Ribh's D'Coopage

Shadrach

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If I thought she was unhappy or in pain it would be a one way trip to the vet but for now, though each day is a struggle for her, she seems content. I've let Oshina out but I have a broody I need to break so she'll still have company @ night. When I'm around to supervise she gets grass time. I hate to make the call too early but it is a fine line to judge.

I find it fascinating that the bantams seem to be much, much hardier ~ even though their genetics have been fiddled with. I've had very few problems with them compared to the standards. Yes they go broody. No, they don't lay every day but on the whole I have found them much easier to deal with. And they cost less to run. 🤣 I was frightened of the smaller birds to start with but now I'm far more pro them & not so scared of hurting them when I have to handle them.
I think the breeding of bantams went a different route to the prolific egg layers and the so called dual purpose breeds.
In the UK bantams were enthusiasts breeds and probably still are.
Bantams are quite difficult to keep if they are not penned. You'll probably remember that Tribe 2, the pro tree huggers were bantams. They're often too flighty and fast for the average keeper to deal with and none of the bantams I've known were that interested in being anyones pet.
 

Ribh

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Dec 18, 2018
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I think the breeding of bantams went a different route to the prolific egg layers and the so called dual purpose breeds.
In the UK bantams were enthusiasts breeds and probably still are.
Bantams are quite difficult to keep if they are not penned. You'll probably remember that Tribe 2, the pro tree huggers were bantams. They're often too flighty and fast for the average keeper to deal with and none of the bantams I've known were that interested in being anyones pet.
I expect that is true here too. I know the D'Uccles were first introduced by enthusiasts ~& apart from Olivia aren't real keen on me. I'm told the Japs can be hard to breed but they are certainly ornamental the way they scoot across the lawn.
 

Ribh

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Yes, I have other chickens besides Olivia but few with so much personality & downright cheek!
All the girls know the feed is kept in the big blue bin & are generally underfoot when I go to fill the trays. Olivia, being tiny & privileged, decided she could beat the food frenzy by hopping in the tray once it was filled & hoeing down while being carried back to the shed on the tray. Several of the bigger girls, following Olivia's lead, have also tried this trick but they are too heavy & too flighty.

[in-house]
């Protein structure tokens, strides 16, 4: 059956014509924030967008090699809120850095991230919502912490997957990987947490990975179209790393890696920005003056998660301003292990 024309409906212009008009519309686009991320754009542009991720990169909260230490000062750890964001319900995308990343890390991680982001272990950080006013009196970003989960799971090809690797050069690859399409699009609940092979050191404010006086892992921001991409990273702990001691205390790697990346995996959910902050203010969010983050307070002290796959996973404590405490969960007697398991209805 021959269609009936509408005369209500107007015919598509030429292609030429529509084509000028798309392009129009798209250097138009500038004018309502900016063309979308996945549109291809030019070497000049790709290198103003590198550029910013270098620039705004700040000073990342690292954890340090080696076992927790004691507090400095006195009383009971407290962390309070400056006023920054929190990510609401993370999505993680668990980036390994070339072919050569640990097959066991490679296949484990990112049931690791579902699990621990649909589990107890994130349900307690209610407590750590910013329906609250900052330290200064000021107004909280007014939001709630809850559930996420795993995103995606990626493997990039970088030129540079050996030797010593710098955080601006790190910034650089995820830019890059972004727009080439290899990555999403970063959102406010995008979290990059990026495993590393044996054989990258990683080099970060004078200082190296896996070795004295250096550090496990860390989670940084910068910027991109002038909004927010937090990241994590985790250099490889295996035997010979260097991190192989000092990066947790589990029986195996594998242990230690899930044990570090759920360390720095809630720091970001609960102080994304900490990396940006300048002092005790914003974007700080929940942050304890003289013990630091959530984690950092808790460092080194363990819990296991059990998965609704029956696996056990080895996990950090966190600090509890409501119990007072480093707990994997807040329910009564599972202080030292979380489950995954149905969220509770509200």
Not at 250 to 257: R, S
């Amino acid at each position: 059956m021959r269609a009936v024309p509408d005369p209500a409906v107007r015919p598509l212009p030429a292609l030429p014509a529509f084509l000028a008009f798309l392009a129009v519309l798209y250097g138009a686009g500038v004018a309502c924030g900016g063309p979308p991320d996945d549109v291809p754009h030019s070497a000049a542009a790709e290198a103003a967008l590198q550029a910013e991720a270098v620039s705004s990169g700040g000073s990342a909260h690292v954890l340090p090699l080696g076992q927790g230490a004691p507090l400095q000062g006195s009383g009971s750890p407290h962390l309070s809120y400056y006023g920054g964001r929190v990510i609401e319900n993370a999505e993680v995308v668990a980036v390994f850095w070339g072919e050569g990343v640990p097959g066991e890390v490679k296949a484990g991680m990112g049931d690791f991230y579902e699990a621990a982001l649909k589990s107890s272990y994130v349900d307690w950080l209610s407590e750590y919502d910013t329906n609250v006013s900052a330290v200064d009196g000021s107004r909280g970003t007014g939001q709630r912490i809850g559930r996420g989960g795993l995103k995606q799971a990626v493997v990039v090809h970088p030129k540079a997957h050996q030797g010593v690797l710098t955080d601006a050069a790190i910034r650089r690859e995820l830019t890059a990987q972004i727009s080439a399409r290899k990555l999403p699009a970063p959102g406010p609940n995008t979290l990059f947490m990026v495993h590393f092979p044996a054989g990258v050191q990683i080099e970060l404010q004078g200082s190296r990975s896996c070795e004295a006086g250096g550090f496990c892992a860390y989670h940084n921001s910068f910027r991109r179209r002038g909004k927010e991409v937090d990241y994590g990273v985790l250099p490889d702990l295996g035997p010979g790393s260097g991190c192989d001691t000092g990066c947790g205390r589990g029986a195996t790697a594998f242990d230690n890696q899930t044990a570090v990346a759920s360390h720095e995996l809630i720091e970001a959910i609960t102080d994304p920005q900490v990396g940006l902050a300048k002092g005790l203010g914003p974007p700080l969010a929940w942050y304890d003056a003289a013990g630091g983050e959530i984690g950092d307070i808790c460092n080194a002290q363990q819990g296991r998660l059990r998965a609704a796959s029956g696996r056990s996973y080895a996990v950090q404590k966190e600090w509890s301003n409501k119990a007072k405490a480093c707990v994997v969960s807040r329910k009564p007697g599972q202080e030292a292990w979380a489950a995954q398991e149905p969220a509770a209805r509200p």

Yesterday Olivia decided she could go one better & simply hopped straight in the bin! 🙄 She was going for her life before I scooped her up & dumped her back where she belonged!​
20211120_092847.jpg
 
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LozzyR

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Yes, I have other chickens besides Olivia but few with so much personality & downright cheek!
All the girls know the feed is kept in the big blue bin & are generally underfoot when I go to fill the trays. Olivia, being tiny & privileged, decided she could beat the food frenzy by hopping in the tray once it was filled & hoeing down while being carried back to the shed on the tray. Several of the bigger girls, following Olivia's lead, have also tried this trick but they are too heavy & too flighty.
Yesterday Olivia decided she could go one better & simply hopped straight in the bin! 🙄 She was going for her life before I scooped her up & dumped her back where she belonged!​
View attachment 2913270
She’s so lovely. Too smart by half! :love
 

Ribh

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Hmmmm are you saying there might be something wrong with her thinking? Or perhaps she was handled carefully as a chick and has high trust of humans? She might be been an incubated chick?
Dunno. She's been like this since the fowl pox. None of the others who where hospitalised with her became so friendly. She will abandon the tribe to spend time with me ~ or just look through the windows to check what I'm doing. Very odd.
 

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